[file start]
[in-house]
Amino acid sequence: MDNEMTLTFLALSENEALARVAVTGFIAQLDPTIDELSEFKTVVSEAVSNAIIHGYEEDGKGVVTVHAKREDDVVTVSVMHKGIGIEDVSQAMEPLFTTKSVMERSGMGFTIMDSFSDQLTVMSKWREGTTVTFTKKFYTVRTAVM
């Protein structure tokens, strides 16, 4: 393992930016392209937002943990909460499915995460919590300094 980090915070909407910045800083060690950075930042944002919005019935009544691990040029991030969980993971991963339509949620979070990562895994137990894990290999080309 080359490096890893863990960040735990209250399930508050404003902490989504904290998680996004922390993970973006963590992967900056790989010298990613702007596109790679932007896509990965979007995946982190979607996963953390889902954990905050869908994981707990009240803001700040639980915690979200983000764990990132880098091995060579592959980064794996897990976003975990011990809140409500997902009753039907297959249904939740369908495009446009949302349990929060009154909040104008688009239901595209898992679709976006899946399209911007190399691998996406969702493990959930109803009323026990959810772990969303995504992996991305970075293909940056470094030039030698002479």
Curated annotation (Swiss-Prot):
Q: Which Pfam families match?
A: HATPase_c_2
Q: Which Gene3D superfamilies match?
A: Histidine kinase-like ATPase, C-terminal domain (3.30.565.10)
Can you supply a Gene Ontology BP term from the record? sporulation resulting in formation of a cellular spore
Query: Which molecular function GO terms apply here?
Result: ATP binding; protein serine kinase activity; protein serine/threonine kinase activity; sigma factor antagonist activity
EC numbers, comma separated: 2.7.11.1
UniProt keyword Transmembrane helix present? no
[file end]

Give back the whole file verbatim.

[in-house]
Amino acid sequence: MDNEMTLTFLALSENEALARVAVTGFIAQLDPTIDELSEFKTVVSEAVSNAIIHGYEEDGKGVVTVHAKREDDVVTVSVMHKGIGIEDVSQAMEPLFTTKSVMERSGMGFTIMDSFSDQLTVMSKWREGTTVTFTKKFYTVRTAVM
């Protein structure tokens, strides 16, 4: 393992930016392209937002943990909460499915995460919590300094 980090915070909407910045800083060690950075930042944002919005019935009544691990040029991030969980993971991963339509949620979070990562895994137990894990290999080309 080359490096890893863990960040735990209250399930508050404003902490989504904290998680996004922390993970973006963590992967900056790989010298990613702007596109790679932007896509990965979007995946982190979607996963953390889902954990905050869908994981707990009240803001700040639980915690979200983000764990990132880098091995060579592959980064794996897990976003975990011990809140409500997902009753039907297959249904939740369908495009446009949302349990929060009154909040104008688009239901595209898992679709976006899946399209911007190399691998996406969702493990959930109803009323026990959810772990969303995504992996991305970075293909940056470094030039030698002479």
Curated annotation (Swiss-Prot):
Q: Which Pfam families match?
A: HATPase_c_2
Q: Which Gene3D superfamilies match?
A: Histidine kinase-like ATPase, C-terminal domain (3.30.565.10)
Can you supply a Gene Ontology BP term from the record? sporulation resulting in formation of a cellular spore
Query: Which molecular function GO terms apply here?
Result: ATP binding; protein serine kinase activity; protein serine/threonine kinase activity; sigma factor antagonist activity
EC numbers, comma separated: 2.7.11.1
UniProt keyword Transmembrane helix present? no